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            There lives a land beside the western sea
            The sea-salt makes not barren, for its hills
            Laugh even in winter time; the bubbly rills
            Dance down their grades, and fill with melody
            The fishers’ hearts; for these, where’er they be,
            Sing out salt choruses; the land-breeze fills
            Their sweetened lungs with wine which it distils
            From emerald fat field and gorse gold lea.
            Like a thrown net leans out the ample bay.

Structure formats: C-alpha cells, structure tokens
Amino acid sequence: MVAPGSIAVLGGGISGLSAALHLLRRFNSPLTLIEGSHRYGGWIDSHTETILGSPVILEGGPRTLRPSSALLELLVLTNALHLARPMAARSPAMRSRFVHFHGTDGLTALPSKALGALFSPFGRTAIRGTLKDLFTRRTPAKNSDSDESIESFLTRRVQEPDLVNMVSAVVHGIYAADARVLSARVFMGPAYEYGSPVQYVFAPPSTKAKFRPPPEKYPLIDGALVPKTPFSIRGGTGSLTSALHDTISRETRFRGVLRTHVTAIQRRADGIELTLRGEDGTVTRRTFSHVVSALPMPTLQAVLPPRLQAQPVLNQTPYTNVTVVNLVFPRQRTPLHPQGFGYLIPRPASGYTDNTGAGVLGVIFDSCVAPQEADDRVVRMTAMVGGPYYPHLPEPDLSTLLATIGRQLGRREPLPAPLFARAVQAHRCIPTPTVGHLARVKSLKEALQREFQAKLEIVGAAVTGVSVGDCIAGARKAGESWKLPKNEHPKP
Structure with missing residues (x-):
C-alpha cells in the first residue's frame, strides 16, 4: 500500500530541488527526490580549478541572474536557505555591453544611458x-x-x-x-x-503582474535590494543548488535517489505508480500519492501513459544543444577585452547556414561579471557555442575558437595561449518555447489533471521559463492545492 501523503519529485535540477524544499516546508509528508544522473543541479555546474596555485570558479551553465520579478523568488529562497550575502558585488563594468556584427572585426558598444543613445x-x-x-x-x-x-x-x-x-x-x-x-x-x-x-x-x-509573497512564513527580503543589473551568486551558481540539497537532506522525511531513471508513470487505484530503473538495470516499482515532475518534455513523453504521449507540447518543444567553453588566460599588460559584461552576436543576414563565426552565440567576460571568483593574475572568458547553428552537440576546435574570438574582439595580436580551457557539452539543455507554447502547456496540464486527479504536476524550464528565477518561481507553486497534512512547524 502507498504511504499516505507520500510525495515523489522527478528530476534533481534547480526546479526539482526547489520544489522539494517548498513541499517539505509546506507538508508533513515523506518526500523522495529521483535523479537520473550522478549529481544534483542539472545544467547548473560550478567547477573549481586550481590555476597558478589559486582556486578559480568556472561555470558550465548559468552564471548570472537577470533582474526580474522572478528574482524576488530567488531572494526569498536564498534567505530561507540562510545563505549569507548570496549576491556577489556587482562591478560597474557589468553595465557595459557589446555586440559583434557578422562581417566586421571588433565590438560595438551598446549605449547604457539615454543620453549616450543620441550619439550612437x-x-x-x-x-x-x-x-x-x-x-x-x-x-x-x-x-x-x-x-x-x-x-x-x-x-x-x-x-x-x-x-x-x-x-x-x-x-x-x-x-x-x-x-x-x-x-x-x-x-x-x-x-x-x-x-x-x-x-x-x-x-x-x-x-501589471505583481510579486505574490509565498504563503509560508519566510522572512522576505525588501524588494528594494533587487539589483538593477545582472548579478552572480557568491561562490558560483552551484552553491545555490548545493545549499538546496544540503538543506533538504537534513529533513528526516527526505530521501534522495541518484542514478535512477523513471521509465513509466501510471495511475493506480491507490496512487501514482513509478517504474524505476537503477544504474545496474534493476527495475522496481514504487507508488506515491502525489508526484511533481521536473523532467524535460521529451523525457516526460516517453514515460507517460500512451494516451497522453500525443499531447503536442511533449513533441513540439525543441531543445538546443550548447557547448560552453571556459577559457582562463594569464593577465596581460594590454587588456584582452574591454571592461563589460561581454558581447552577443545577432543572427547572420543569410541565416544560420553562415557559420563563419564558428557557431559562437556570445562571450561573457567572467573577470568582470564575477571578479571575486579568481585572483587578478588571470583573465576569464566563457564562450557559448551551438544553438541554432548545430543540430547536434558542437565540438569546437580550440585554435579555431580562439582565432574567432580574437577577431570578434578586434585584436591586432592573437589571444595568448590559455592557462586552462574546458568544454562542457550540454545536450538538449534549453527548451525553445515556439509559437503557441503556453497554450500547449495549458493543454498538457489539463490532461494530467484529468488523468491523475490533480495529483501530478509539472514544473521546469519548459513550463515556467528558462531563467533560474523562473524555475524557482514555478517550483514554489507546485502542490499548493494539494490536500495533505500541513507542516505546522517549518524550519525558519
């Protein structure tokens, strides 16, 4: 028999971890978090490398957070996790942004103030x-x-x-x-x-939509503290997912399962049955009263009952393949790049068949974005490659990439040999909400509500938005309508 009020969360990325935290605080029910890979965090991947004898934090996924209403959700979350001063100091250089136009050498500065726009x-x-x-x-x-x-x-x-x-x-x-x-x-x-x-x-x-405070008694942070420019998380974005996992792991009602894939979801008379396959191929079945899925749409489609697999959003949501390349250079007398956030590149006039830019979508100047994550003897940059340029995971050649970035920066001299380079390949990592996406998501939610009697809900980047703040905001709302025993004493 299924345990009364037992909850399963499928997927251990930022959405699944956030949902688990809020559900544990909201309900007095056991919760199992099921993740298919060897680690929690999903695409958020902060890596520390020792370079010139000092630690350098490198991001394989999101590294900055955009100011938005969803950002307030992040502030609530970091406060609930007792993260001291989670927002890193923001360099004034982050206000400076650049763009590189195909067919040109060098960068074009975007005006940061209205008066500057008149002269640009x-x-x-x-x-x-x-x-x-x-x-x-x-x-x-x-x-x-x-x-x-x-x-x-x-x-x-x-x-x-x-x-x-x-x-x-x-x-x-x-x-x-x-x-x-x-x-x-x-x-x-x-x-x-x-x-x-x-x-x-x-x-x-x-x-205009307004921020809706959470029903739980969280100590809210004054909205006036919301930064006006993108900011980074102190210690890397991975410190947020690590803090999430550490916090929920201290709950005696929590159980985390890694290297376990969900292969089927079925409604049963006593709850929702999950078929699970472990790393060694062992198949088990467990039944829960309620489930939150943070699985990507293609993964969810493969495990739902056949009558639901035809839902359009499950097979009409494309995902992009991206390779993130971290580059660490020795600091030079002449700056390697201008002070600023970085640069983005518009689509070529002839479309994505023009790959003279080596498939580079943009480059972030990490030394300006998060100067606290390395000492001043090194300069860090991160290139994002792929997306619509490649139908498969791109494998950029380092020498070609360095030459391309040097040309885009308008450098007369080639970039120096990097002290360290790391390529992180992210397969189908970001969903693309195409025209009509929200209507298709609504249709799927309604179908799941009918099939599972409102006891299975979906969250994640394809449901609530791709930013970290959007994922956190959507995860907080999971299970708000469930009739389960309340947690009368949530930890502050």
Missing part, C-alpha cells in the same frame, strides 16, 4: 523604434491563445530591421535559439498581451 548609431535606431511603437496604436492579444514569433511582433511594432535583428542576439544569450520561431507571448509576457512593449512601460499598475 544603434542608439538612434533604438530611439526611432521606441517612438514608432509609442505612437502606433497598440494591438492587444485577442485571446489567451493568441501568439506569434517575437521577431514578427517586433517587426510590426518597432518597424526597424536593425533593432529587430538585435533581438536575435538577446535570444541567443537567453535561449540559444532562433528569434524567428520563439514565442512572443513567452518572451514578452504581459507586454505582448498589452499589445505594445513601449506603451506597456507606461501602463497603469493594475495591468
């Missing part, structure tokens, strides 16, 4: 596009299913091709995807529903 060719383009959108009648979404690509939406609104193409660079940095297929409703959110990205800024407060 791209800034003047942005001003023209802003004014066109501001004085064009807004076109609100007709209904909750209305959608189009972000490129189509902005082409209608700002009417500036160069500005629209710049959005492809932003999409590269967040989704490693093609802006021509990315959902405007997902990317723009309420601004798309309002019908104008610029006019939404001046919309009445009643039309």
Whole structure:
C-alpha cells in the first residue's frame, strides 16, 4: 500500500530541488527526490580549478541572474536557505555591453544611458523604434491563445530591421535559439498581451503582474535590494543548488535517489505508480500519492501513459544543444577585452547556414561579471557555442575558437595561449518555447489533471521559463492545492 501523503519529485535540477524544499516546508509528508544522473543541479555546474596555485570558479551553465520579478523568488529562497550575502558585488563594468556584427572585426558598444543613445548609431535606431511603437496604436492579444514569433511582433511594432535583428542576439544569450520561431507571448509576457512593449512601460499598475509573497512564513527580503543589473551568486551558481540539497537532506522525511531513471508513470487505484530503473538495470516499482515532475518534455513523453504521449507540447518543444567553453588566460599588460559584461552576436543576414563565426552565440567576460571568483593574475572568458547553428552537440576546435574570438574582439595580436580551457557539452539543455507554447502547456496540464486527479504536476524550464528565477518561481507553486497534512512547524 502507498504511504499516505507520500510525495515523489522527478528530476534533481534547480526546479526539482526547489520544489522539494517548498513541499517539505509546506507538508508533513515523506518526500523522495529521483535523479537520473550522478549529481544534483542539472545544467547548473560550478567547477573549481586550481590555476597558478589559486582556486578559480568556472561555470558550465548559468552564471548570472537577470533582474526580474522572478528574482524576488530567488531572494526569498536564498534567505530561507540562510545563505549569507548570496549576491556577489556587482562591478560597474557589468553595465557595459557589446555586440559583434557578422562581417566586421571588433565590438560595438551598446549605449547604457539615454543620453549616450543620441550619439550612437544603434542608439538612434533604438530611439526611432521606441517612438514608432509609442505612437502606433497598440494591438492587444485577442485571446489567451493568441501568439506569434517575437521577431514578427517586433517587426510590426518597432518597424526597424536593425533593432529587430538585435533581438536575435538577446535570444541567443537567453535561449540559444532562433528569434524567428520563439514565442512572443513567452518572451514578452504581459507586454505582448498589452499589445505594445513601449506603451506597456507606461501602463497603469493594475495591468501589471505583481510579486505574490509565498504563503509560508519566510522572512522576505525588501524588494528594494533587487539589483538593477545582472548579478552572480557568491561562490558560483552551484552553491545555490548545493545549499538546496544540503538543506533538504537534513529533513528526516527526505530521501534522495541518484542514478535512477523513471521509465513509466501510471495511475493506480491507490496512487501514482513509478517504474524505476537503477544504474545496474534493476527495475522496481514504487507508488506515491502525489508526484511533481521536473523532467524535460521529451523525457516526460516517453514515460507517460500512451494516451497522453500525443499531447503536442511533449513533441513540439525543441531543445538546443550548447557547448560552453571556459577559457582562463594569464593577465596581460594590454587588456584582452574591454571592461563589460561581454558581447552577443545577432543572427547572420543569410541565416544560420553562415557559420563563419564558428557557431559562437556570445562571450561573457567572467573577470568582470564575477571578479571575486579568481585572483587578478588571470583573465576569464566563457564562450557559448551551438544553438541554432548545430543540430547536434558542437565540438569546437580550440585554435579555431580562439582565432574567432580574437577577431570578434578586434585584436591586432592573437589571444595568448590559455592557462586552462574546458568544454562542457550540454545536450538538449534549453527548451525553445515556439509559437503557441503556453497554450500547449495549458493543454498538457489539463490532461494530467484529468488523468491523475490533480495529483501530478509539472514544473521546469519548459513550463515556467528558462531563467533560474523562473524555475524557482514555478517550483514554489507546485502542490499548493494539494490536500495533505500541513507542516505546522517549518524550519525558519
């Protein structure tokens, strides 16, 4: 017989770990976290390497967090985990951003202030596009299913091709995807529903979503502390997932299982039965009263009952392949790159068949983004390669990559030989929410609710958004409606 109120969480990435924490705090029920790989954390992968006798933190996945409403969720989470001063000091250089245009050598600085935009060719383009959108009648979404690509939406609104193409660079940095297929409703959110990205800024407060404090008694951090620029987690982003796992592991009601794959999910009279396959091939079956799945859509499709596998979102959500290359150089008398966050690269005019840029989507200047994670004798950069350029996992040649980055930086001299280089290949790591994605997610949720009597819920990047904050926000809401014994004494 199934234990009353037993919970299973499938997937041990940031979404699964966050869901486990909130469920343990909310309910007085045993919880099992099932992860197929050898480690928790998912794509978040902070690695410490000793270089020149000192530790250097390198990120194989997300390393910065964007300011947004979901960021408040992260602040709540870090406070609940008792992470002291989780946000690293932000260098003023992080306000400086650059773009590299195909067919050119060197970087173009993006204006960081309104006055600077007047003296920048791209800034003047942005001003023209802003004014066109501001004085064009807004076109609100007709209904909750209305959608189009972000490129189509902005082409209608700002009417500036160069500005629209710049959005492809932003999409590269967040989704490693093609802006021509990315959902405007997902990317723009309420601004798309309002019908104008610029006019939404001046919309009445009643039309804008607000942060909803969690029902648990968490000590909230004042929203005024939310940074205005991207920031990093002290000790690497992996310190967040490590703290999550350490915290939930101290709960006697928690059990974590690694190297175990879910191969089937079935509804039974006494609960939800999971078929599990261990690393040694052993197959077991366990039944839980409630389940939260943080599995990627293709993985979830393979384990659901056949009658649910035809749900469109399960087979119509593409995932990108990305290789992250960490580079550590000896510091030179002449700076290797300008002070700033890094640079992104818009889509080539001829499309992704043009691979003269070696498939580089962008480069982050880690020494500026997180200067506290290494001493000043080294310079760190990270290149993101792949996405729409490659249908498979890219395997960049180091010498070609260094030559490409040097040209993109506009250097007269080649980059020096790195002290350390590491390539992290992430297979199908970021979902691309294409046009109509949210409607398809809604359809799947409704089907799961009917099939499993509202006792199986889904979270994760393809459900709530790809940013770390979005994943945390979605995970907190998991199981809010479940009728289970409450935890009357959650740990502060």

The fishers’ huddled cabins crowd and wedge,
            Greedy, against the rugged treacherous edge
            Of their great liquid mine renewed alway.
            The fishers have no thought but of the strong
            Sea, whence their food, their crisp hair, and their song.

                                                                                                JOHN GRAY.

MLA citation:

Gray, John. “On the South Coast of Cornwall.” The Pageant, 1897, p. 82. Pageant Digital Edition, edited by Frederick King and Lorraine Janzen Kooistra, 2019-2021. Yellow Nineties 2.0, Ryerson University Centre for Digital Humanities, 2021.